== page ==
U.S. climate negotiators confront growing opposition in Durban
Creative Commons: Climate Interactive adpated by TckTckTck, 2011
...from the U.S. perspective, commitments in Cancun take us through 2020. We don’t think additional pledges are likely.
Kumi Naidoo, Executive Director, Greenpeace International, said: “On Saturday, in Durban, the US eviscerated draft language on mitigation that would have offered real protection to those who are being hardest and fastest hit by climate changes that are already happening. The time has come for the US to stand aside. If it is not willing to save lives, save jobs and save whole ecosystems then it should get out of the way and let those who are willing move on. Any failure to move beyond US obstructionism will be measured in lives.”
Celine Charveriat, Director of Advocacy & Campaigns at Oxfam International, said: “The US is pitching an alarming narrative to lock in a ten-year timeout with no new targets to lower emissions until 2020. This perilous course of action must be stopped dead in its tracks. The world’s poorest people, who are already suffering the impacts of a changing climate, simply cannot wait another decade for action to bring emissions in line with what science so clearly requires. If the US insists on pushing this dangerous pathway, they must stand aside and allow other countries to move forward without them.”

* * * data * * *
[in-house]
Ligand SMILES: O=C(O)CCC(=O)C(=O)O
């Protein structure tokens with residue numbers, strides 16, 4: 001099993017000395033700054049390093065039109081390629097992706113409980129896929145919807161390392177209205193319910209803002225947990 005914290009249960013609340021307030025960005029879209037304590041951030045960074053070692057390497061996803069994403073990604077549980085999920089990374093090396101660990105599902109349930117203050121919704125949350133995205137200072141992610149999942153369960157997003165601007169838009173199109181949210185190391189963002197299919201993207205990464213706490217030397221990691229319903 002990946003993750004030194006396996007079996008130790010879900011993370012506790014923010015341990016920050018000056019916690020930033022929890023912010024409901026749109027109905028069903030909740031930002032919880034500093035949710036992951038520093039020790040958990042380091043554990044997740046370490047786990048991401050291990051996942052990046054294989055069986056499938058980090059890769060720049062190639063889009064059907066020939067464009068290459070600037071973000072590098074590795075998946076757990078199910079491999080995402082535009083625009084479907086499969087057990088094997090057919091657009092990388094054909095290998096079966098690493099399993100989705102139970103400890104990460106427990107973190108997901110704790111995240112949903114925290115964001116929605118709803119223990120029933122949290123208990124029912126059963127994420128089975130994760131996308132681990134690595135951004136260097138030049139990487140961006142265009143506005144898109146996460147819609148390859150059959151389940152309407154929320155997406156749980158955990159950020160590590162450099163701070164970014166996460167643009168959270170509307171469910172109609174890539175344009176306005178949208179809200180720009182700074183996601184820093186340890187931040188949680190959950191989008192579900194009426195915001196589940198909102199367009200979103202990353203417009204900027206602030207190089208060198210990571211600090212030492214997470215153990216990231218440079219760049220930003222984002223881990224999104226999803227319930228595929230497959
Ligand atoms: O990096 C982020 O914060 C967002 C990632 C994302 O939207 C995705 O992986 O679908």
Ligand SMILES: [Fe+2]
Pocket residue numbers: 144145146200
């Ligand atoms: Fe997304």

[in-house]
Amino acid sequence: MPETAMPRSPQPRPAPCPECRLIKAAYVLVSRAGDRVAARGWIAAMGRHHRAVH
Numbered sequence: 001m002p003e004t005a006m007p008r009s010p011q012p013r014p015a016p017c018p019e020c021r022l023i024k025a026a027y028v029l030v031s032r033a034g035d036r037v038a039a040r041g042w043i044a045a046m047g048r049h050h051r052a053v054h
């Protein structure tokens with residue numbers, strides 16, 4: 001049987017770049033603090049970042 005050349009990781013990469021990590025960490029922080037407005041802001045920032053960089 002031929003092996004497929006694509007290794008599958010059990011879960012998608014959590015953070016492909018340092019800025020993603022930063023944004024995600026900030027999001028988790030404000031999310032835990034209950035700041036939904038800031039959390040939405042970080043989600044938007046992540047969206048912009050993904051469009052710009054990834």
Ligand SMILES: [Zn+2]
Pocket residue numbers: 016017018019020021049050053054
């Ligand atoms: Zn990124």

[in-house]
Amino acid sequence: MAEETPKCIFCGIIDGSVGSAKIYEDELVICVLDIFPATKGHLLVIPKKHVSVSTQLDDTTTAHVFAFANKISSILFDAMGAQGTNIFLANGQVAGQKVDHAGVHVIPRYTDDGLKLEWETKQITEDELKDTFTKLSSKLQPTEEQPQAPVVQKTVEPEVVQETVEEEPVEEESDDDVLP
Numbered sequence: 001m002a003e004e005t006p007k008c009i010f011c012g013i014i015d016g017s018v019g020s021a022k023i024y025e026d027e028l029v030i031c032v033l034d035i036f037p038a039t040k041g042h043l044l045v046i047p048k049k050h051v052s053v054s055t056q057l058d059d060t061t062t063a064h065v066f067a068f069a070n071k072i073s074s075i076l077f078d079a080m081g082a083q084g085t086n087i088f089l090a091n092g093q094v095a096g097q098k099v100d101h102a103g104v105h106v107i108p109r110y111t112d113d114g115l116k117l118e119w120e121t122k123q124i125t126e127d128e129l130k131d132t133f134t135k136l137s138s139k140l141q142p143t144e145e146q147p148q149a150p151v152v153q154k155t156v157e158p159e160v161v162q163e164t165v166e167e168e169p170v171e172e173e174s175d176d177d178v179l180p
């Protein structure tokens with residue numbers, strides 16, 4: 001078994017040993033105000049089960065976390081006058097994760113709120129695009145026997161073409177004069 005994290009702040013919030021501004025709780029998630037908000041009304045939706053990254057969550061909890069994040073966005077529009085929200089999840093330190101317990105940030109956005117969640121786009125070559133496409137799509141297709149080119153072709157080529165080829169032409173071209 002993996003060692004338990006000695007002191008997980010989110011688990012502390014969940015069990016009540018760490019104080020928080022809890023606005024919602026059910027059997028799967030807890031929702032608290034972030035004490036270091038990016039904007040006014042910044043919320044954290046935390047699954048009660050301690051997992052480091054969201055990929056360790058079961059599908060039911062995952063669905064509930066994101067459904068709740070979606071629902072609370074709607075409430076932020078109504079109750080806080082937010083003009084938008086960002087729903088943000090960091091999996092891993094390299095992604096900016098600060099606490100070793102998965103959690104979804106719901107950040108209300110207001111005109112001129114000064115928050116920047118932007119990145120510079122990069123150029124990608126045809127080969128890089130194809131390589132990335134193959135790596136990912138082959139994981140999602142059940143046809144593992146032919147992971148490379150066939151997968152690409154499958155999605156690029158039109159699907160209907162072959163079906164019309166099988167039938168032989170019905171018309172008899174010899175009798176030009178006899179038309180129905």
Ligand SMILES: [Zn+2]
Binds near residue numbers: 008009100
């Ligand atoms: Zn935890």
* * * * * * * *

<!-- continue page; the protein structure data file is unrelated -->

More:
Jim Leape, Director General, WWF International, said: “We’re not done here. But what this process is not delivering is ambition on emissions reductions. And that is not the fault of the process. It is the fault of governments like the United States. In fact, there is not a single scenario on the table right now that allows us to avoid runaway climate change. With no ambition on emission reductions and an apparent timeline aimed at 2020 for implementation, we could end up legally bound to a 4 degree world. And that’s just unacceptable. So while politicians continue to bicker around the edges of the negotiations, we will be looking for leaders arriving this week to engage on the real issues here. Civil society members are here to address the urgent threat of climate change and ensure a future world where there is enough food, water and energy for all. It might be good to ask governments why they’re here.”
Sharan Burrow, General Secretary, International Trade Union Confederation, said: “To fail to act, risks the opportunity to build the green economy with secure jobs. The economic and social risk of climate change, multiplied by the instability of corporate globalisation and the resulting global financial crisis is a time bomb for all workers. Union members and their families will mobilise to build political power that will hold all politicians to account. The US has got to stop blocking. They are either part of the global community, or they should stand aside.”
Stay tuned for further developments.
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